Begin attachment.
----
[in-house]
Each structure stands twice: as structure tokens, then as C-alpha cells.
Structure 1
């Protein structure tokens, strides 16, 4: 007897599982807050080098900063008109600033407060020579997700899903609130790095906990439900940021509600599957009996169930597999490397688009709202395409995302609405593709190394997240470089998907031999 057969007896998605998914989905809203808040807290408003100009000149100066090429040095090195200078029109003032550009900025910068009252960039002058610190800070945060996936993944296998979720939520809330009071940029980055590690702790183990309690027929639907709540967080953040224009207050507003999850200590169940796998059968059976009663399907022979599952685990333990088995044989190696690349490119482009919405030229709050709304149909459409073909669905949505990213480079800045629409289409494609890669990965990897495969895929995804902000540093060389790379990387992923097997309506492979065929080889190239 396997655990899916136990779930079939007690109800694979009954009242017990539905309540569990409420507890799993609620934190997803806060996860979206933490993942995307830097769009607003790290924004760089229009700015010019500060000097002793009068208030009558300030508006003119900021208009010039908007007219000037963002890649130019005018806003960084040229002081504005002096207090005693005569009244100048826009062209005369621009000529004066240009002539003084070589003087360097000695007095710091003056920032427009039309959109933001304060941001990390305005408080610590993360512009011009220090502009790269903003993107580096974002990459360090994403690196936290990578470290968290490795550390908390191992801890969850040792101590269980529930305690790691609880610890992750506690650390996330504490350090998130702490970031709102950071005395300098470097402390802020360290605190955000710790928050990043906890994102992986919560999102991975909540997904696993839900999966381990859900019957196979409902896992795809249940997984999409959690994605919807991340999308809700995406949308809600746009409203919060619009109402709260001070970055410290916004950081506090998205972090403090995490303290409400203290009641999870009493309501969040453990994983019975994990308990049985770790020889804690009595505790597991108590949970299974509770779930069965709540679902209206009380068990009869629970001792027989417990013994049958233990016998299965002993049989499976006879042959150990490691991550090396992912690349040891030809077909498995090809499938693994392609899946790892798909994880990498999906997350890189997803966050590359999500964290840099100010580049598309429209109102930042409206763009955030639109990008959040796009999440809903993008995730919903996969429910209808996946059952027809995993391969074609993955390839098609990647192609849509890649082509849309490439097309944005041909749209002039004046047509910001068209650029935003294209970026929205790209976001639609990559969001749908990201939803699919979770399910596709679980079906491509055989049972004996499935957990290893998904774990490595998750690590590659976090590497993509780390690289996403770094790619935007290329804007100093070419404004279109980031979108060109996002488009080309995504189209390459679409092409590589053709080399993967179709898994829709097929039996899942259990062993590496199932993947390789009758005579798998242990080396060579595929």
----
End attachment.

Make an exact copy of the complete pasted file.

[in-house]
Each structure stands twice: as structure tokens, then as C-alpha cells.
Structure 1
């Protein structure tokens, strides 16, 4: 007897599982807050080098900063008109600033407060020579997700899903609130790095906990439900940021509600599957009996169930597999490397688009709202395409995302609405593709190394997240470089998907031999 057969007896998605998914989905809203808040807290408003100009000149100066090429040095090195200078029109003032550009900025910068009252960039002058610190800070945060996936993944296998979720939520809330009071940029980055590690702790183990309690027929639907709540967080953040224009207050507003999850200590169940796998059968059976009663399907022979599952685990333990088995044989190696690349490119482009919405030229709050709304149909459409073909669905949505990213480079800045629409289409494609890669990965990897495969895929995804902000540093060389790379990387992923097997309506492979065929080889190239 396997655990899916136990779930079939007690109800694979009954009242017990539905309540569990409420507890799993609620934190997803806060996860979206933490993942995307830097769009607003790290924004760089229009700015010019500060000097002793009068208030009558300030508006003119900021208009010039908007007219000037963002890649130019005018806003960084040229002081504005002096207090005693005569009244100048826009062209005369621009000529004066240009002539003084070589003087360097000695007095710091003056920032427009039309959109933001304060941001990390305005408080610590993360512009011009220090502009790269903003993107580096974002990459360090994403690196936290990578470290968290490795550390908390191992801890969850040792101590269980529930305690790691609880610890992750506690650390996330504490350090998130702490970031709102950071005395300098470097402390802020360290605190955000710790928050990043906890994102992986919560999102991975909540997904696993839900999966381990859900019957196979409902896992795809249940997984999409959690994605919807991340999308809700995406949308809600746009409203919060619009109402709260001070970055410290916004950081506090998205972090403090995490303290409400203290009641999870009493309501969040453990994983019975994990308990049985770790020889804690009595505790597991108590949970299974509770779930069965709540679902209206009380068990009869629970001792027989417990013994049958233990016998299965002993049989499976006879042959150990490691991550090396992912690349040891030809077909498995090809499938693994392609899946790892798909994880990498999906997350890189997803966050590359999500964290840099100010580049598309429209109102930042409206763009955030639109990008959040796009999440809903993008995730919903996969429910209808996946059952027809995993391969074609993955390839098609990647192609849509890649082509849309490439097309944005041909749209002039004046047509910001068209650029935003294209970026929205790209976001639609990559969001749908990201939803699919979770399910596709679980079906491509055989049972004996499935957990290893998904774990490595998750690590590659976090590497993509780390690289996403770094790619935007290329804007100093070419404004279109980031979108060109996002488009080309995504189209390459679409092409590589053709080399993967179709898994829709097929039996899942259990062993590496199932993947390789009758005579798998242990080396060579595929």